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The Best Gifts Are Not Necessarily Monetary
It’s ugly sweater season, and you may be thinking of what you can give your coworkers, direct reports, or even your boss this year. Some think that gifts are the best way to convey appreciation or that you value that person’s hard work, but we thought about it a little differently this year.
What if you gave the gift of your attention or gratitude all year? What would that look like? Just as leadership takes practice, the art of appreciation is a skill, and should be focused on regularly.
Here’s a list of “gifts” you can give all year:
- The gift of listening – Set aside time every day to focus in on what your coworkers are saying to you. Ask a question and really listen. It doesn’t have to be work-related either—you can truly listen to weekend plans or vacation highlights too. Practice dealing with interruption and distraction by bringing the conversation back and making sure you heard what your coworker is saying – if in doubt, ask, clarify, and engage.
- The gift of friendship – Research shows a concrete link between having a best friend at work and the amount of effort employees expend in their role. This isn’t about small talk, it’s about a trusting, quality relationship. For example, women who strongly agree they have a best friend at work are more than twice as likely to be engaged! Look outside your office circle and vow to make one more coworker friend this year, this 6 months, this 6 weeks…
- The gift of trust – Trust is the essential foundation for a strong, healthy team. Leaders build trust by operating honestly, openly, and ethically, and promoting an atmosphere of trust on their teams. Communicating trust and confidence in someone is the powerful art of bringing transparency, honesty, and vulnerability to your team projects and conversations.
- The gift of respect – Showing respect for others is a no brainer – but what does that look like in practice? Having respect for process, not playing favorites, and giving attention to each person’s thoughts and opinions – even if you disagree – is the foundation of showing respect. Take into account your team members’ personal style preferences too.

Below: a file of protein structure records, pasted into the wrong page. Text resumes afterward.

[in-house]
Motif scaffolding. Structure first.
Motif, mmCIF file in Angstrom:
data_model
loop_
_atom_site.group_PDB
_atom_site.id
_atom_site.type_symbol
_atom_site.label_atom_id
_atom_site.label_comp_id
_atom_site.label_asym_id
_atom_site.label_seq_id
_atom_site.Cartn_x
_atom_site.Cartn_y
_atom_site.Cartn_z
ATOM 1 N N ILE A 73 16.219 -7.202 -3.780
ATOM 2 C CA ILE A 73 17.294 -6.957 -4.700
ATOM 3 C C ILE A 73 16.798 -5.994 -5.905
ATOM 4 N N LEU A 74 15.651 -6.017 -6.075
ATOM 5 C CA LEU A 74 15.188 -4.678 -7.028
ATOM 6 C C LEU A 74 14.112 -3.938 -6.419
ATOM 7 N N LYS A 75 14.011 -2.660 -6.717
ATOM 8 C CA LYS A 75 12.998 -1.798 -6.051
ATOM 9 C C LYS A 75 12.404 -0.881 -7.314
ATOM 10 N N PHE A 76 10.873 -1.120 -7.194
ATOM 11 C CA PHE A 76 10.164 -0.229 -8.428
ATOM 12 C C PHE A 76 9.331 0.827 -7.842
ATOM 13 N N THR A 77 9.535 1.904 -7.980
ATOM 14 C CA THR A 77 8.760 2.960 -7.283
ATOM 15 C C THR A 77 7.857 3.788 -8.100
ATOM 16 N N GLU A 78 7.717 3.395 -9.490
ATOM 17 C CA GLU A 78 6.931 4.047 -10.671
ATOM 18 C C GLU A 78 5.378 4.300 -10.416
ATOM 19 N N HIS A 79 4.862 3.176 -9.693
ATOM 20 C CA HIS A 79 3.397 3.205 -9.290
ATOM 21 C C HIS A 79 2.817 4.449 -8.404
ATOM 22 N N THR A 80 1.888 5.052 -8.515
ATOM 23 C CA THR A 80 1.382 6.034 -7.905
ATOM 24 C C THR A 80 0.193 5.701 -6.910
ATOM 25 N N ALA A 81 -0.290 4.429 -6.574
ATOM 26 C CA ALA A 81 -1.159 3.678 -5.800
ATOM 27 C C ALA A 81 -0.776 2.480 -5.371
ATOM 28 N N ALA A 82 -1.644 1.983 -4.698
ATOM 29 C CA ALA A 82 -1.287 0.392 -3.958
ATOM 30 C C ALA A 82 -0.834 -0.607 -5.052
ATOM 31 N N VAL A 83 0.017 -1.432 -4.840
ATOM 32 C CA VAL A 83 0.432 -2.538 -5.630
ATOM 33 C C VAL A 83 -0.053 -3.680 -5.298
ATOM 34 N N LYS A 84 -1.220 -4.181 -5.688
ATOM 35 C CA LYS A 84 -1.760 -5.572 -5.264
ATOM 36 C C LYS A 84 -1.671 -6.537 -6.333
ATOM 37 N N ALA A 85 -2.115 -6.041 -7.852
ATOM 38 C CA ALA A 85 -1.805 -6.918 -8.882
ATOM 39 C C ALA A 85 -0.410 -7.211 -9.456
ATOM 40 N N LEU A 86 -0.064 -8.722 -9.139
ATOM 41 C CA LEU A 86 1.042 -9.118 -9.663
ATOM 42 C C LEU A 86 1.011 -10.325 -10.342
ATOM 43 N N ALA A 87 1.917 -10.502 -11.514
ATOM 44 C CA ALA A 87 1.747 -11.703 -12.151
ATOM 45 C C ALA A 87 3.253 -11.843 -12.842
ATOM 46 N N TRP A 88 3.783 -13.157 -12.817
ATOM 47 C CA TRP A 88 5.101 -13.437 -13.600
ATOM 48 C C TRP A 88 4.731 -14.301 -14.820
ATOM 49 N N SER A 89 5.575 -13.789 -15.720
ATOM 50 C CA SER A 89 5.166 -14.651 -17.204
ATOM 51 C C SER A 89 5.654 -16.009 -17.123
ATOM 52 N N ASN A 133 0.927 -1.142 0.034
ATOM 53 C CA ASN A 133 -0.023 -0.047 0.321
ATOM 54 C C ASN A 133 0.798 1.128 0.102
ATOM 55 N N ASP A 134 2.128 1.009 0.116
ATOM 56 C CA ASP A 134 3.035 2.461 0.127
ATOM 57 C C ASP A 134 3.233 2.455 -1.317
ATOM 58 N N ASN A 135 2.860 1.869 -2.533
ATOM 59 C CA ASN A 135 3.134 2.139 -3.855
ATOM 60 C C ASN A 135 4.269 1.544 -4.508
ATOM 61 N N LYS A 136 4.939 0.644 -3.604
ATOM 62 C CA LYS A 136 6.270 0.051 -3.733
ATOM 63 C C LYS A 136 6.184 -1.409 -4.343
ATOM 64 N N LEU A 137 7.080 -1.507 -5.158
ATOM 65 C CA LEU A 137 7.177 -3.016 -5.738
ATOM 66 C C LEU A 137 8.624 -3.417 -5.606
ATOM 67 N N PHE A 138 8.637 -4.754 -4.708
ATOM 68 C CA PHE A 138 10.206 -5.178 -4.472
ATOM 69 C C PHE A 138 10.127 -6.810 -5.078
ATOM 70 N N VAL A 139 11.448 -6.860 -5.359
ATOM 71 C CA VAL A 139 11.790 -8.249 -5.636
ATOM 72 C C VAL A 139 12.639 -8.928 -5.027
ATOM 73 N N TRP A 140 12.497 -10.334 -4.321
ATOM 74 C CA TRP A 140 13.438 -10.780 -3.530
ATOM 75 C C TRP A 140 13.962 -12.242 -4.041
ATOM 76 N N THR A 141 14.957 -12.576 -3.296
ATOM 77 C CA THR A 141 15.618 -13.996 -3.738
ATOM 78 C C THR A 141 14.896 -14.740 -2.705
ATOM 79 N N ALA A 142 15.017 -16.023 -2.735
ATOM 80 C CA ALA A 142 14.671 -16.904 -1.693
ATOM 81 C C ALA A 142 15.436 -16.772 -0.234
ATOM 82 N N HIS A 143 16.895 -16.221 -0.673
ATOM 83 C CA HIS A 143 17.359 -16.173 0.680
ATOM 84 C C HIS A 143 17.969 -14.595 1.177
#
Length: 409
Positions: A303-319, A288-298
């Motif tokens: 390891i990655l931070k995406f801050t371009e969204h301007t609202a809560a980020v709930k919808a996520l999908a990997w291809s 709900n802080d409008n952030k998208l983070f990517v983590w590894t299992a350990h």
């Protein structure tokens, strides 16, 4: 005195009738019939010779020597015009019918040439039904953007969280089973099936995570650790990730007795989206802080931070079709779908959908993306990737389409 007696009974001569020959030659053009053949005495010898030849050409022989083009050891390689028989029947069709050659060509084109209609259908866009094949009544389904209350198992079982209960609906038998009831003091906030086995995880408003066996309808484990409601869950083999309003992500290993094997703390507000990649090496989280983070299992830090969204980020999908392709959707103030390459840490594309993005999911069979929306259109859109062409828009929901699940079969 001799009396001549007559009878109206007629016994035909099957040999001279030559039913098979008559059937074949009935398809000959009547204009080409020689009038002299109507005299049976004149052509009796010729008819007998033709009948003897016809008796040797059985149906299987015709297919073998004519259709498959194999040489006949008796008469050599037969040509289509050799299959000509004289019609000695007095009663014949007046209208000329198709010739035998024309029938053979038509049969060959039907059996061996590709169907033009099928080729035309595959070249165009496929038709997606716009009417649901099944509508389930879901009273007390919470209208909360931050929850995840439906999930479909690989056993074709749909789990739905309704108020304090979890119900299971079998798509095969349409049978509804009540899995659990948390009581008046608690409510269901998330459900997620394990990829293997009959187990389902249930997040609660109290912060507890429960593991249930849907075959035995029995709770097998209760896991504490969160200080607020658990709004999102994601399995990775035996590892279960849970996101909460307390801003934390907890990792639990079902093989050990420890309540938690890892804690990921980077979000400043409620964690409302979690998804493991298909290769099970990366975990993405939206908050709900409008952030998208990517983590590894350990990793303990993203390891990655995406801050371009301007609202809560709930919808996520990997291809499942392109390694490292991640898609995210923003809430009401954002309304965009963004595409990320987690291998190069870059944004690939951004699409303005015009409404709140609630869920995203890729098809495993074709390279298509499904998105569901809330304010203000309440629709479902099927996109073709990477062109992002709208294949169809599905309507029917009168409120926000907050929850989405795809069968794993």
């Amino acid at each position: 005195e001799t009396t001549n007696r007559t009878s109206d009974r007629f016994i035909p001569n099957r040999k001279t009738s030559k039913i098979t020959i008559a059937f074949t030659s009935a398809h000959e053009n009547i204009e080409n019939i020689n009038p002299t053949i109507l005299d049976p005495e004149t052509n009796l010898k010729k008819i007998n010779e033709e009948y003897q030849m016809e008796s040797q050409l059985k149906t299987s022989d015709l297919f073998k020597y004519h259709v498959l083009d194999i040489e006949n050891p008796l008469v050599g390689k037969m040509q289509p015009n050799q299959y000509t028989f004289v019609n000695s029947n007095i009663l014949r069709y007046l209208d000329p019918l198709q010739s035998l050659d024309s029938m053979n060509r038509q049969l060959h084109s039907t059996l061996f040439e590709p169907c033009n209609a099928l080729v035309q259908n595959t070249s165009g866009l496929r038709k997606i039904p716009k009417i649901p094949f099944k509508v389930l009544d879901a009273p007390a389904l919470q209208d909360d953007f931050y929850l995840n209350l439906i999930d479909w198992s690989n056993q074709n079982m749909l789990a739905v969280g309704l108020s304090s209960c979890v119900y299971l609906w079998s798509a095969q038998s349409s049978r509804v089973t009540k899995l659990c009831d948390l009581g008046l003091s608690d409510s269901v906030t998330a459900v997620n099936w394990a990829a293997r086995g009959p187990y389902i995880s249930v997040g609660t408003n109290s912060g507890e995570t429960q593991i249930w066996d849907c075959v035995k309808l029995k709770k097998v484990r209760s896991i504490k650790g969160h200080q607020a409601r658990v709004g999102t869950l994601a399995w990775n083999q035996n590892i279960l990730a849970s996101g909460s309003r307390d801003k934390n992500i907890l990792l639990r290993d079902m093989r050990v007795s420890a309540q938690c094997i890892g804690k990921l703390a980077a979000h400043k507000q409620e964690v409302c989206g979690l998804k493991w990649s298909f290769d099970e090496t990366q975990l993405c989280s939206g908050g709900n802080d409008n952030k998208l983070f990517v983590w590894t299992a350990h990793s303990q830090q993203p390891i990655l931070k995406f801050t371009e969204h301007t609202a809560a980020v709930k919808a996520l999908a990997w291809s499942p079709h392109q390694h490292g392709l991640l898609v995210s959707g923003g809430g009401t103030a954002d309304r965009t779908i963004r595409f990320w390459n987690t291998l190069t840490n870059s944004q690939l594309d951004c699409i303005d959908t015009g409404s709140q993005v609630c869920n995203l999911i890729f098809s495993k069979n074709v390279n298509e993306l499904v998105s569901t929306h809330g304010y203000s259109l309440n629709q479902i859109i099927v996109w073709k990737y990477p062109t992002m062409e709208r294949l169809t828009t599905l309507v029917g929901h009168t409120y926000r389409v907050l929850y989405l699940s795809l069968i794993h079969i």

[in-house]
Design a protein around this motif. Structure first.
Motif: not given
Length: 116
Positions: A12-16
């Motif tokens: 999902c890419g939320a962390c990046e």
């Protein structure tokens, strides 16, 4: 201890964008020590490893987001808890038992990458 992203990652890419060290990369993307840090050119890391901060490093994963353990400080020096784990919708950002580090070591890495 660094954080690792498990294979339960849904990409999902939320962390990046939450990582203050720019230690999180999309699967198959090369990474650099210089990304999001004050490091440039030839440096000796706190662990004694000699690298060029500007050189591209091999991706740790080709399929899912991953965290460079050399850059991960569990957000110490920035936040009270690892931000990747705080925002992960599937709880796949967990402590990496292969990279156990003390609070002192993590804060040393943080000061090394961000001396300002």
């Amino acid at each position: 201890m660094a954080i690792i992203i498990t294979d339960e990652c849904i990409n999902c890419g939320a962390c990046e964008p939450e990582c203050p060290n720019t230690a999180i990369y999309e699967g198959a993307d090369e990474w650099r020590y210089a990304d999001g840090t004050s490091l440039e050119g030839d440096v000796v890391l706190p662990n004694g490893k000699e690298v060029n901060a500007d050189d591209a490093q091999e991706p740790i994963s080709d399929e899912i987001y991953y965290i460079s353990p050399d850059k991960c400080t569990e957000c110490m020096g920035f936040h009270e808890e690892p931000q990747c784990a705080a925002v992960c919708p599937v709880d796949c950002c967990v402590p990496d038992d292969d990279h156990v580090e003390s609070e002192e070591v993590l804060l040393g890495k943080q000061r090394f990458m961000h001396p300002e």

- The gift of coaching – Promote action and accountability on your team by helping them gain authority and ownership of their roles. This doesn’t mean you tell them what to do – it means having conversations and identifying opportunities to help others deliver great results. Ask open-ended questions and provide direction or thoughtful insights, not directives.
- The gift of mentorship – Traditionally, a mentoring role would be 1:1, with a more experienced person supporting the development of another. Modern practice has expanded this role to include group mentoring, reverse mentoring, or even situational, or rotating mentors. Set your team up for success by enabling (or suggesting) you adopt a mentoring stance on your next project. Share the experience or lessons by having a dialogue, not telling, and being goal-oriented, and measurement-focused.
- The gift of feedback – Help direct reports by providing them with caring, regular input on what they are doing well or where they could improve. Giving feedback is a hard skill to master. Scheduling time for regular, one-on-one feedback that addresses work, strengths, and performance is one of the best steps a manager or leader can take to help their team, increase engagement, and better align to goals and results.
- The gift of learning – Schedule time with your team for group or individual training and include this in their development plans – and yours. With change and transformation in organizations becoming the new normal, acknowledge the need to keep up with changing technologies and trends and give permission to do so. This will help keep your team innovating and help create a culture of curiosity.
- The gift of responsibility – Giving someone a stretch goal, such asking them to take lead on a new project or take on a new challenge gives the entire team the opportunity to break out of old habits, try something new, learn from each other, and grow – and shows your confidence in the person’s skills and abilities.
- The gift of recognition – Not everyone wants balloons, but seeking out ways to give personal, relevant, and heartfelt recognition is the hallmark of a good leader. Whether a personal note, a public announcement, or a simple and sincere “Thank You,” the gift of recognition is an important one. Knowing how this resonates for each team member is a great place to start.
Gallup studies have shown that employees leave their jobs when they don't feel appreciated. Instead of making employees feel valued once a year, let's give these gifts all year long!